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Genome Res. 2017 Apr;27(4):512-523. doi: 10.1101/gr.215517.116. Epub 2017 Feb 24.

One thousand somatic SNVs per skin fibroblast cell set baseline of mosaic mutational load with patterns that suggest proliferative origin.

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Department of Health Sciences Research, Center for Individualized Medicine, Mayo Clinic, Rochester, Minnesota 55905, USA.
Program in Neurodevelopment and Regeneration, Yale University, New Haven, Connecticut 06520, USA.
Child Study Center, Yale University, New Haven, Connecticut 06520, USA.
Department of Psychiatry and Behavioral Sciences and Department of Genetics, Stanford University School of Medicine, Stanford, California 94305, USA.
Department of Molecular Biophysics and Biochemistry, Yale University, New Haven, Connecticut 06520, USA.
Program in Computation Biology and Bioinformatics, Yale University, New Haven, Connecticut 06520, USA.
Department of Computer Science, Yale University, New Haven, Connecticut 06520, USA.
Department of Genetics, Yale University, New Haven, Connecticut 06520, USA.
Department of Neuroscience, Yale University, New Haven, Connecticut 06520, USA.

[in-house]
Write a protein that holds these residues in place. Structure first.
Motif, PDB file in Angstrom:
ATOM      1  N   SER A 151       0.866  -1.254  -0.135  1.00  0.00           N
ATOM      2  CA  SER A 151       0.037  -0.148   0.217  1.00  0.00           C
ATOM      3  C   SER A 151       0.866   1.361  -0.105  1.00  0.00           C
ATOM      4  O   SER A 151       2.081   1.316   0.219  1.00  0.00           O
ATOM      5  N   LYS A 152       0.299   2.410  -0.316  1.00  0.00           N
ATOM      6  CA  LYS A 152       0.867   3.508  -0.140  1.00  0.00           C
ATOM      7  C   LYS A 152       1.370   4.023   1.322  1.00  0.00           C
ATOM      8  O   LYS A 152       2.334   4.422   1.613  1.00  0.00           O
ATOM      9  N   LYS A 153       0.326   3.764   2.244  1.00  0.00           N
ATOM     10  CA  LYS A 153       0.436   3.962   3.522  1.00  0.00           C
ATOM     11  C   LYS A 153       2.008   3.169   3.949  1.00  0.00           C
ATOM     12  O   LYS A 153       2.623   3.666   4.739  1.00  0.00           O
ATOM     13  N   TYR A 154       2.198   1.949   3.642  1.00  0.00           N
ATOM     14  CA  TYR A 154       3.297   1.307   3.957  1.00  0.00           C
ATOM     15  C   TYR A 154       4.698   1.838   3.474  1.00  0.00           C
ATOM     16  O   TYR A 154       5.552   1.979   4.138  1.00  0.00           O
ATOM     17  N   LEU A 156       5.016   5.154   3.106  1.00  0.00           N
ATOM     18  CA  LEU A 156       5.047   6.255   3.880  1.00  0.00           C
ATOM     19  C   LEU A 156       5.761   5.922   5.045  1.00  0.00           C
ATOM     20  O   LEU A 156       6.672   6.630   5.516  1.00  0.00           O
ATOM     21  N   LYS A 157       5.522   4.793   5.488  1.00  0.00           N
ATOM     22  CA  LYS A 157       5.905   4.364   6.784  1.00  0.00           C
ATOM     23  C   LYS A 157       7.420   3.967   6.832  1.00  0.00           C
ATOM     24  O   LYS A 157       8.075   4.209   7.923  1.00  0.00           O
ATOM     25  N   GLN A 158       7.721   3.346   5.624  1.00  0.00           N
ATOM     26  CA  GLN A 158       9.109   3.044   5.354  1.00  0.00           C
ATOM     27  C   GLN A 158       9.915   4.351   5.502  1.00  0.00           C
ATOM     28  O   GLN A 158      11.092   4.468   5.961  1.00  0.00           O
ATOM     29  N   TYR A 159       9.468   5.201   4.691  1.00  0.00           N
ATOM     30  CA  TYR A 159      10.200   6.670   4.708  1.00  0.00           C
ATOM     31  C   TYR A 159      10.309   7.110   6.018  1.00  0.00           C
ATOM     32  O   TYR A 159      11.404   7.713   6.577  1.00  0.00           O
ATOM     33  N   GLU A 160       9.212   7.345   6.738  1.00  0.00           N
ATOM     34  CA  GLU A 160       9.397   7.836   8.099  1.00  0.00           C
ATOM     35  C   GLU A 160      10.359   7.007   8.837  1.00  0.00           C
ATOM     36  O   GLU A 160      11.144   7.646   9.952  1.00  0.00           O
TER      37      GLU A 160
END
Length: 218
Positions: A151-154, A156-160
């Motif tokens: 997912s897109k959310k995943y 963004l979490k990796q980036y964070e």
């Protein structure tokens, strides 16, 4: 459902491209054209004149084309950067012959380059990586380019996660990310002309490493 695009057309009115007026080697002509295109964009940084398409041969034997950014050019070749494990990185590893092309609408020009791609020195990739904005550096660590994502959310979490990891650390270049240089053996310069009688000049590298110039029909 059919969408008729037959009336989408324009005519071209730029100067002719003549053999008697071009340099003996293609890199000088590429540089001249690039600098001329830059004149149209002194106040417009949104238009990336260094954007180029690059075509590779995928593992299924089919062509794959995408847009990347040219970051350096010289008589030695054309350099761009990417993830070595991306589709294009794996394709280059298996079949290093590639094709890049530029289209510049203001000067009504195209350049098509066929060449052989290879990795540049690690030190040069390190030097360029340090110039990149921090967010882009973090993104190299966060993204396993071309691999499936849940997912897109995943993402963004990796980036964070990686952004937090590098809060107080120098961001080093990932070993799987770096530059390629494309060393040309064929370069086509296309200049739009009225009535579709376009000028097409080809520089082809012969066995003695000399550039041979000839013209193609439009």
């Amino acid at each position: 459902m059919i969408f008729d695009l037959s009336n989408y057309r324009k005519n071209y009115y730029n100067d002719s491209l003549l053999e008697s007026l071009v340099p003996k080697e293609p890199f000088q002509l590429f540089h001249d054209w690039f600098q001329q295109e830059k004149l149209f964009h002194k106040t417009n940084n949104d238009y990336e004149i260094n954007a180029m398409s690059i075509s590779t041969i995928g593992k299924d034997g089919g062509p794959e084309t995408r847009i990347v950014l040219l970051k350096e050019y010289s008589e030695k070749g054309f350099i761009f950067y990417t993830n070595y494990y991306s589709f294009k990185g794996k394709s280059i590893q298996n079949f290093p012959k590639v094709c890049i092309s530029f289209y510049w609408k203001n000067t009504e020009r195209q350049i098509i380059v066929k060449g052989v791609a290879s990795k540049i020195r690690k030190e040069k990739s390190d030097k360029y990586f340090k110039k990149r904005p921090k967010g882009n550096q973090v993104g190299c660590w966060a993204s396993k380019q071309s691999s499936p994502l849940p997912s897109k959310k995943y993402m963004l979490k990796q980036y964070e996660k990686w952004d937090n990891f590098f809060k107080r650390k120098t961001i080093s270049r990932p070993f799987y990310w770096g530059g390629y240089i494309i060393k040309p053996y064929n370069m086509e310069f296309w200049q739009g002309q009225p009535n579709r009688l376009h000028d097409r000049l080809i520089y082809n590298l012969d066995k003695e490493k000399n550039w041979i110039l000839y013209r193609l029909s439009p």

Few studies have been conducted to understand post-zygotic accumulation of mutations in cells of the healthy human body. We reprogrammed 32 skin fibroblast cells from families of donors into human induced pluripotent stem cell (hiPSC) lines. The clonal nature of hiPSC lines allows a high-resolution analysis of the genomes of the founder fibroblast cells without being confounded by the artifacts of single-cell whole-genome amplification. We estimate that on average a fibroblast cell in children has 1035 mostly benign mosaic SNVs. On average, 235 SNVs could be directly confirmed in the original fibroblast population by ultradeep sequencing, down to an allele frequency (AF) of 0.1%. More sensitive droplet digital PCR experiments confirmed more SNVs as mosaic with AF as low as 0.01%, suggesting that 1035 mosaic SNVs per fibroblast cell is the true average. Similar analyses in adults revealed no significant increase in the number of SNVs per cell, suggesting that a major fraction of mosaic SNVs in fibroblasts arises during development. Mosaic SNVs were distributed uniformly across the genome and were enriched in a mutational signature previously observed in cancers and in de novo variants and which, we hypothesize, is a hallmark of normal cell proliferation. Finally, AF distribution of mosaic SNVs had distinct narrow peaks, which could be a characteristic of clonal cell selection, clonal expansion, or both. These findings reveal a large degree of somatic mosaicism in healthy human tissues, link de novo and cancer mutations to somatic mosaicism, and couple somatic mosaicism with cell proliferation.

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